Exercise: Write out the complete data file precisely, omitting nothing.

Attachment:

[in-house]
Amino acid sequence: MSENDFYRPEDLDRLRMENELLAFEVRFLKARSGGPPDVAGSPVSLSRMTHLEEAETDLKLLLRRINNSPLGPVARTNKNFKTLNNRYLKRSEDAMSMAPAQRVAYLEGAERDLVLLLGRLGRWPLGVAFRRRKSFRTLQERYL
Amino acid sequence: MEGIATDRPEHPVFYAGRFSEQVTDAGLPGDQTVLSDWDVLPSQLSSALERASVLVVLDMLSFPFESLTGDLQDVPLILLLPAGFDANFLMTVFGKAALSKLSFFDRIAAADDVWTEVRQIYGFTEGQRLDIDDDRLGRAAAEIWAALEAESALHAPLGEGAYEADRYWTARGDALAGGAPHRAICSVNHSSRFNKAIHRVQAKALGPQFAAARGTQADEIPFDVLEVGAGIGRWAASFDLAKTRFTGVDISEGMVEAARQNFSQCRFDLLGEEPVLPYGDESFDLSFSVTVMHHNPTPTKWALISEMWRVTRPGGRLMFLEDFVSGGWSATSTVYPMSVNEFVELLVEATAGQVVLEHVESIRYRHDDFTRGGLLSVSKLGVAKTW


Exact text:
[in-house]
Amino acid sequence: MSENDFYRPEDLDRLRMENELLAFEVRFLKARSGGPPDVAGSPVSLSRMTHLEEAETDLKLLLRRINNSPLGPVARTNKNFKTLNNRYLKRSEDAMSMAPAQRVAYLEGAERDLVLLLGRLGRWPLGVAFRRRKSFRTLQERYL
Amino acid sequence: MEGIATDRPEHPVFYAGRFSEQVTDAGLPGDQTVLSDWDVLPSQLSSALERASVLVVLDMLSFPFESLTGDLQDVPLILLLPAGFDANFLMTVFGKAALSKLSFFDRIAAADDVWTEVRQIYGFTEGQRLDIDDDRLGRAAAEIWAALEAESALHAPLGEGAYEADRYWTARGDALAGGAPHRAICSVNHSSRFNKAIHRVQAKALGPQFAAARGTQADEIPFDVLEVGAGIGRWAASFDLAKTRFTGVDISEGMVEAARQNFSQCRFDLLGEEPVLPYGDESFDLSFSVTVMHHNPTPTKWALISEMWRVTRPGGRLMFLEDFVSGGWSATSTVYPMSVNEFVELLVEATAGQVVLEHVESIRYRHDDFTRGGLLSVSKLGVAKTW